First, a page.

def execute(circuit, noise_level=0.05):
noisy_circuit = cirq.Circuit()
for op in circuit.all_operations():
noisy_circuit.append(op)
if len(op.qubits) == 2:
noisy_circuit.append(
cirq.depolarize(p=noise_level, n_qubits=2)(*op.qubits)
)
rho = (
cirq.DensityMatrixSimulator()
.simulate(noisy_circuit)
.final_density_matrix
)
return rho[0, 0].real
```
Since we'd like to see how compilation effects error mitigation, we first simulate the ideal and noisy values using the simulator defined above.
```{code-cell} ipython3
uncompiled_ideal_value = execute(random_circuit, noise_level=0.0)
uncompiled_noisy_value = execute(random_circuit)
compiled_ideal_value = execute(compiled_circuit, noise_level=0.0)
compiled_noisy_value = execute(compiled_circuit)
```
With these values taken, we are now ready to use ZNE --- on both the random, and compiled circuit --- to obtain mitigated expectation values.
```{code-cell} ipython3
from mitiq import zne
uncompiled_mitigated_result = zne.execute_with_zne(random_circuit, execute)
compiled_mitigated_result = zne.execute_with_zne(compiled_circuit, execute)
```
Thus we have four variables which we can compare against ideal values to see how performance varies for this circuit across compilation and mitigation.
| | compiled | mitigated |
| ----------------------------- | -------- | --------- |
| `uncompiled_noisy_value` | ❌ | ❌ |
| `uncompiled_mitigated_result` | ❌ | ✅ |
| `compiled_noisy_value` | ✅ | ❌ |
| `compiled_mitigated_result` | ✅ | ✅ |
## Comparison
These data are then summarized in the following table printed below.
```{code-cell} ipython3
header = "{:<11} {:<15} {:<10}"
entry = "{:<11} {:<15.2f} {:<10.2f}"
int_entry = "{:<11} {:<15} {:<10}"
print(header.format("", "uncompiled", "compiled"))
print(entry.format("ideal", uncompiled_ideal_value, compiled_ideal_value))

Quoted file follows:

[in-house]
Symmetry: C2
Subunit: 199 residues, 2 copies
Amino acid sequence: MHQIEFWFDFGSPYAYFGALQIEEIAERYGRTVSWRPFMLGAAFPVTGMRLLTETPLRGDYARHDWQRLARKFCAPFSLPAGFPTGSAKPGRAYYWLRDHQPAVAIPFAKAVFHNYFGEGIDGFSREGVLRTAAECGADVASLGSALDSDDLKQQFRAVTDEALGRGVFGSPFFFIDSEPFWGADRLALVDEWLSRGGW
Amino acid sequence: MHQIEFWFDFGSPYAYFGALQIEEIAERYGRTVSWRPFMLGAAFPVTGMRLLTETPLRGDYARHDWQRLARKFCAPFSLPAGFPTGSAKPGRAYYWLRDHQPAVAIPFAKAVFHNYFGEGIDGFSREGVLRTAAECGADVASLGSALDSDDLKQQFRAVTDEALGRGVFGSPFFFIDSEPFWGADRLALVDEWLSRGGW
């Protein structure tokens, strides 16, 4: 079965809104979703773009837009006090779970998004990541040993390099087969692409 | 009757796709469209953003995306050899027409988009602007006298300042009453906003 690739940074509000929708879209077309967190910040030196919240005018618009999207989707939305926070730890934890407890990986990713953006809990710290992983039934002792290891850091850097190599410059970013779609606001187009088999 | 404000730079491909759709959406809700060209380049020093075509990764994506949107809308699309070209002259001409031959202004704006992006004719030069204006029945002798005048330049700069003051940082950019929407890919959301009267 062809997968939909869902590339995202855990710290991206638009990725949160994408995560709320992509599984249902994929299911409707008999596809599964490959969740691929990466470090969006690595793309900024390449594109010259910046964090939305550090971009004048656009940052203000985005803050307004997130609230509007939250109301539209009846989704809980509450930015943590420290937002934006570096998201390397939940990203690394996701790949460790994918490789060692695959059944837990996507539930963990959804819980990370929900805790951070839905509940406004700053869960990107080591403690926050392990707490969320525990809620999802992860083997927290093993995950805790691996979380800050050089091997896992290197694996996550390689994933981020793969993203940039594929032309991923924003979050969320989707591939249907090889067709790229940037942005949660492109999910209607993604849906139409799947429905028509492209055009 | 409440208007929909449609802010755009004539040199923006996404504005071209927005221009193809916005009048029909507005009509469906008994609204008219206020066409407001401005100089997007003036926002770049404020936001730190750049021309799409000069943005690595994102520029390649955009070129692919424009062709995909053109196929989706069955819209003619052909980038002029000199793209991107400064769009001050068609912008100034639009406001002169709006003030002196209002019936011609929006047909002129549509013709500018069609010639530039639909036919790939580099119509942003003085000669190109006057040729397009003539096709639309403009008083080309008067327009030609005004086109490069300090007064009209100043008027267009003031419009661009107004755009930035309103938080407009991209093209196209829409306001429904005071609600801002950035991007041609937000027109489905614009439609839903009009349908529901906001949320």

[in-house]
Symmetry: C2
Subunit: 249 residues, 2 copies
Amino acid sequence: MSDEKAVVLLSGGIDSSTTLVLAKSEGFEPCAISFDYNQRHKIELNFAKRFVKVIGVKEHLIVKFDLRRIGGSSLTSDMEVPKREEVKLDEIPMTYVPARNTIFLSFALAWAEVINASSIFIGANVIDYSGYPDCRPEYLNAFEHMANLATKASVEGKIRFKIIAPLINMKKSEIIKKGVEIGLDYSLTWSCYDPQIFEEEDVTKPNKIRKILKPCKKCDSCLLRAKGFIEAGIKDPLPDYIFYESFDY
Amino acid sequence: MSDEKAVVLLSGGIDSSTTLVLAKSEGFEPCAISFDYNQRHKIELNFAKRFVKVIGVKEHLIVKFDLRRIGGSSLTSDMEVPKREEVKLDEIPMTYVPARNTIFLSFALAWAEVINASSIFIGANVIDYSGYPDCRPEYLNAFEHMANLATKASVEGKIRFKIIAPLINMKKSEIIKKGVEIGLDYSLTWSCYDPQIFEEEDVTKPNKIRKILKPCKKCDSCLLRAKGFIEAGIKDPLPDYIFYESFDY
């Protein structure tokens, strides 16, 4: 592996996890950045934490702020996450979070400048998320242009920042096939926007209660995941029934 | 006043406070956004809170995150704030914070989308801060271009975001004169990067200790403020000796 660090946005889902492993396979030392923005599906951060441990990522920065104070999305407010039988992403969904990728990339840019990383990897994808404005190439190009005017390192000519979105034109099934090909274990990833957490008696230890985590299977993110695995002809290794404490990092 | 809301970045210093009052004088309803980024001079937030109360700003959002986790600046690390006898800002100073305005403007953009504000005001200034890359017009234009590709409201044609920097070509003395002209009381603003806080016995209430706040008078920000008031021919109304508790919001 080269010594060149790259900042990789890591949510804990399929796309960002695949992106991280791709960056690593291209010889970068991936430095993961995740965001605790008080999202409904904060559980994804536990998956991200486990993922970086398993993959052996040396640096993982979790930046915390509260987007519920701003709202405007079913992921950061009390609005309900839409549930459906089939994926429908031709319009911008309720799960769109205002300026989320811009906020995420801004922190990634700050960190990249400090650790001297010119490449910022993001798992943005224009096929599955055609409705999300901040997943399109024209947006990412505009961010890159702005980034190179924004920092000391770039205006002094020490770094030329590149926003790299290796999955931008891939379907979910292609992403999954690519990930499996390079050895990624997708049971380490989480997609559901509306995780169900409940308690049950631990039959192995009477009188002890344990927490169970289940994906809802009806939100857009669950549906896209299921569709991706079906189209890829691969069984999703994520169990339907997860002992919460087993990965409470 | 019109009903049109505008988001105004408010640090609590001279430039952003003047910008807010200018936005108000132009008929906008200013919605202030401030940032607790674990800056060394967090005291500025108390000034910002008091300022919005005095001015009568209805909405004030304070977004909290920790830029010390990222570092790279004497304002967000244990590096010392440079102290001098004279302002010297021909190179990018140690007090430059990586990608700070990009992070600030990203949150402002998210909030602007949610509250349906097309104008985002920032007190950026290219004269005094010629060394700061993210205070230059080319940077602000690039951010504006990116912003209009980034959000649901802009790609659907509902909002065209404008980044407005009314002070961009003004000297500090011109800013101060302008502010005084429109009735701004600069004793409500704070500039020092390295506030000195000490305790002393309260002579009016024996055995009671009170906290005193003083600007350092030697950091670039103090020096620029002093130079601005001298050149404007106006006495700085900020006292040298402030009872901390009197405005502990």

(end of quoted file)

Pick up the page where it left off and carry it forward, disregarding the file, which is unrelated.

print(entry.format("noisy", uncompiled_noisy_value, compiled_noisy_value))
print(
entry.format(
"mitigated", uncompiled_mitigated_result, compiled_mitigated_result
)
)
print(
entry.format(
"error",
abs(uncompiled_ideal_value - uncompiled_mitigated_result),
abs(compiled_ideal_value - compiled_mitigated_result),
)
)
print(
int_entry.format(
"depth",
len(random_circuit),
len(compiled_circuit),
)
)
```
Hence for this particular random circuit we see that using both compilation _and_ error mitigation combine for the most accurate result.
Note that despite using BQSKit to compile the circuit, the depth has actually increased.
This can occasionally happen when the random circuit contains gates that are harder to compile into BQSKit's default gateset.
## More random circuits
We can now repeat the above procedure with many random circuits to get a better understanding of how these two technologies interact in a more general setting.
To do this we execute the above code many times, each iteration using a new random circuit on 4 qubits with depth 40.
Because compiling many large circuits is computationally expensive, we leave the code our from this notebook, but it can be accessed in our [research repository](https://github.com/unitaryfund/research/blob/main/ieee-quantum-week/compilation-with-error-mitigation-tutorial/bqskit.ipynb).
Once the errors are computed for each circuit we can collect the results in a histogram to get an idea of how compilation and mitigation affects accuracy more generally.
```{image} ../img/bqskit.png
:alt: Histograms of circuit accuracy with and without compilation, and error mitigation.
:width: 90%
:align: center
```
These results show that using error mitigation improves the accuracy of both uncompiled, and compiled circuits.
The [tutorial](https://github.com/unitaryfund/research/blob/main/ieee-quantum-week/compilation-with-error-mitigation-tutorial/bqskit.ipynb) in the research repository shows further that error mitigation both reduces the mean, and standard deviation of these distributions.
In this tutorial we've seen how one can use error mitigation in conjunction with circuit compilation.
For more information check out the [BQSKit](https://bqskit.readthedocs.io/en/latest/) and [Mitiq](../index.md) documentation.
+++
### References
- BQSKit documentation:
- BQSKit whitepaper: {cite}`Patel_2022_ACM`
- Mitiq documentation:
- Mitiq whitepaper: